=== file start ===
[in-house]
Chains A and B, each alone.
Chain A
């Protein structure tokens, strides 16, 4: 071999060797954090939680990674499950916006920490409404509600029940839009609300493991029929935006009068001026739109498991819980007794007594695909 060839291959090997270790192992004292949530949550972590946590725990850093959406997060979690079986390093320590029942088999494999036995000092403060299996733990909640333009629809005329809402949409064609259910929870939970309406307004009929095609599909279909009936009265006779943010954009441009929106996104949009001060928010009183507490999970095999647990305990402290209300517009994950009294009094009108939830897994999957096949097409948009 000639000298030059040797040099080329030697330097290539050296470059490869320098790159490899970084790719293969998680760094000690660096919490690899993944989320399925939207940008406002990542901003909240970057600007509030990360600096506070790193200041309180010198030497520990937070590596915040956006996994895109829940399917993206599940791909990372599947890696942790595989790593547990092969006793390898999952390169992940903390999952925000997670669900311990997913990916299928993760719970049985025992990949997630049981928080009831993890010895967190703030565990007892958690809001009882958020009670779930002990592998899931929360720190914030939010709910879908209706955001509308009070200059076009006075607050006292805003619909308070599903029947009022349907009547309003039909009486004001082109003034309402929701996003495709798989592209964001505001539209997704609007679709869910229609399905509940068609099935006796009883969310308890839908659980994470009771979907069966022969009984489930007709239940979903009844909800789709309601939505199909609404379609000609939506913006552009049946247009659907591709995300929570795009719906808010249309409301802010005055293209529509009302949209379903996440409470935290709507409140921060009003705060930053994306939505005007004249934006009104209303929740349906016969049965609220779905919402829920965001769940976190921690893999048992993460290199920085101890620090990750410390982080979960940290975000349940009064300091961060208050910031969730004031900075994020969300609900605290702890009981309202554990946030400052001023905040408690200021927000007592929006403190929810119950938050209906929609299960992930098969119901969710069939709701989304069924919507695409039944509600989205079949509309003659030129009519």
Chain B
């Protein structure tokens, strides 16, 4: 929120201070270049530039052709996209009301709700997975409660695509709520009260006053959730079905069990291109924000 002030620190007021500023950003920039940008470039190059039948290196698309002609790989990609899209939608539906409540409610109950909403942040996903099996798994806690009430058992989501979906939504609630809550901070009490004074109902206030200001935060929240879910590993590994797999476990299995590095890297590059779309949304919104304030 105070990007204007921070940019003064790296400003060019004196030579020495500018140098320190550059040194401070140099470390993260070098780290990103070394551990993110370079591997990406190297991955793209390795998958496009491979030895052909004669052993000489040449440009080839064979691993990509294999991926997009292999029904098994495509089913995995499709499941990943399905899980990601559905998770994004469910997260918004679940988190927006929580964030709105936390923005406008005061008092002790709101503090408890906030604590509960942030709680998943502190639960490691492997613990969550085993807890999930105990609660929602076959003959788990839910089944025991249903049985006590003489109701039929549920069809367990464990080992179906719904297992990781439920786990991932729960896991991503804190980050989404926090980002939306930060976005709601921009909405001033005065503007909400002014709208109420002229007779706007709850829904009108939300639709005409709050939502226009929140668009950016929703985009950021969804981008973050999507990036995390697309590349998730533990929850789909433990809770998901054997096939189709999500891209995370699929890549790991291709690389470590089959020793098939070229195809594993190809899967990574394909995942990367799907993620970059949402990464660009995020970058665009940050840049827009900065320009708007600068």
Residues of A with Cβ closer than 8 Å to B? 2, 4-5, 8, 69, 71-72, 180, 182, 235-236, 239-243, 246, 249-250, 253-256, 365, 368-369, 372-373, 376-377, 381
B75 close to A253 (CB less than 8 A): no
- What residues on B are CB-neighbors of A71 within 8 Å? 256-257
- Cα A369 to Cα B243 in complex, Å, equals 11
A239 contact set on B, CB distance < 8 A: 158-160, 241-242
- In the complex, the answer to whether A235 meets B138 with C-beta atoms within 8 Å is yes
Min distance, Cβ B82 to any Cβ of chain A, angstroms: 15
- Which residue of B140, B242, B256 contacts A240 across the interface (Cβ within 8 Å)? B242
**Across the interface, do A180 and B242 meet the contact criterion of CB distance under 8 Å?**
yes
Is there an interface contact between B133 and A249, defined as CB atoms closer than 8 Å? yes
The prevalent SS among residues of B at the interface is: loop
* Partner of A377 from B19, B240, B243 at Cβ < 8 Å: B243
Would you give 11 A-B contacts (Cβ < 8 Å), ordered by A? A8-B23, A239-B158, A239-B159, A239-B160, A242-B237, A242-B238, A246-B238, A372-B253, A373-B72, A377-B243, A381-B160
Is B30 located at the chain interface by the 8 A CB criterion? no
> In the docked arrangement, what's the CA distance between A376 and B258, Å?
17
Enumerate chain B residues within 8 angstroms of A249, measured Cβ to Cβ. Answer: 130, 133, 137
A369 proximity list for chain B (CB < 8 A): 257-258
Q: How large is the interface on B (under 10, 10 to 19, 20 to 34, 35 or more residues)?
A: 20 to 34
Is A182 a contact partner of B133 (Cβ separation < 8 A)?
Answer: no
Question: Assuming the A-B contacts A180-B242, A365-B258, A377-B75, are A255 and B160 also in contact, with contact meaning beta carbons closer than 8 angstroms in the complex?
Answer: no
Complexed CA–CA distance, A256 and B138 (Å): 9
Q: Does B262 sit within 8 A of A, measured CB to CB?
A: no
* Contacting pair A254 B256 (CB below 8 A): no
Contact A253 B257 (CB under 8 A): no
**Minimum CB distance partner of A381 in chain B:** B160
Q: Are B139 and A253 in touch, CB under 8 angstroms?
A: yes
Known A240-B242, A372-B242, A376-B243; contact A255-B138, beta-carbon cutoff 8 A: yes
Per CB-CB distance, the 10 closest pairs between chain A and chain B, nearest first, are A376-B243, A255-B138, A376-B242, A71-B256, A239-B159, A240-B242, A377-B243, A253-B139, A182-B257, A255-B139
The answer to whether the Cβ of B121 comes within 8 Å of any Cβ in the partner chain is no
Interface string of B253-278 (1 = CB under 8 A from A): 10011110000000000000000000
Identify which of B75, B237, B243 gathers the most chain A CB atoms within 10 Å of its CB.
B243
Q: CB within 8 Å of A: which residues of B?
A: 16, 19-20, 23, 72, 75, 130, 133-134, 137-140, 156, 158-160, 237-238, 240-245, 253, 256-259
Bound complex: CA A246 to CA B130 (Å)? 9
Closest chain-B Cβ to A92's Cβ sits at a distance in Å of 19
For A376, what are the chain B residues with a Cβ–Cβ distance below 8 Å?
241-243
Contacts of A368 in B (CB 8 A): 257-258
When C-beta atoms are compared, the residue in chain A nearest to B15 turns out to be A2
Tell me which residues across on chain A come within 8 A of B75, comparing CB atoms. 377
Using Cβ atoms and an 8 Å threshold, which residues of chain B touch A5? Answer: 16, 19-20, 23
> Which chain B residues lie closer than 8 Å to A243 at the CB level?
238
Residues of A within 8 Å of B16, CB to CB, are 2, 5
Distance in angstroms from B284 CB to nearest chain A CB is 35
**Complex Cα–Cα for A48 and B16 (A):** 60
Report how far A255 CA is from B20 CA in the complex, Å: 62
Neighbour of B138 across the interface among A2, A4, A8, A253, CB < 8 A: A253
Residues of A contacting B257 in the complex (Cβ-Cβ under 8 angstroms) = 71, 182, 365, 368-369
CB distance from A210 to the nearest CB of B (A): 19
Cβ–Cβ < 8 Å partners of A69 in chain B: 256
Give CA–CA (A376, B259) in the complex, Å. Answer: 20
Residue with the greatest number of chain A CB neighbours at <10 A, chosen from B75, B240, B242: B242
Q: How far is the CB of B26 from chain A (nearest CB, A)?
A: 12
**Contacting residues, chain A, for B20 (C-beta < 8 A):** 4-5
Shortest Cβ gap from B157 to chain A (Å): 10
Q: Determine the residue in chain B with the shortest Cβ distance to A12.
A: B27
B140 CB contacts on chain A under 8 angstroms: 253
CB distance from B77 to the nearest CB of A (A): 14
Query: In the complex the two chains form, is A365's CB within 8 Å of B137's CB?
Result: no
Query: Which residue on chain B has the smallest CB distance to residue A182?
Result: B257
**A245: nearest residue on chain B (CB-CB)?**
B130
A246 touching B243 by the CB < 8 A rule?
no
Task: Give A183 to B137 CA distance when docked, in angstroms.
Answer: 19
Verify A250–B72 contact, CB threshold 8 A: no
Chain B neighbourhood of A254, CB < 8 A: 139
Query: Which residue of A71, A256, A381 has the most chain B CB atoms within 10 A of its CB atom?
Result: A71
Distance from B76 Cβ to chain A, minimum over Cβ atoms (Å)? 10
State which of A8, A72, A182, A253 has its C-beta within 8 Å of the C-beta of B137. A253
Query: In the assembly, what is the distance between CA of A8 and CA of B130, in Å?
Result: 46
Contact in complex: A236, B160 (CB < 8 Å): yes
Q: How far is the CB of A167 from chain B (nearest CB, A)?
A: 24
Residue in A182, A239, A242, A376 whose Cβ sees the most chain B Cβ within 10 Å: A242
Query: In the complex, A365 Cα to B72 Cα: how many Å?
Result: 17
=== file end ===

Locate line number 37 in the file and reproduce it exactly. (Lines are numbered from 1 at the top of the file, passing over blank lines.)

**Minimum CB distance partner of A381 in chain B:** B160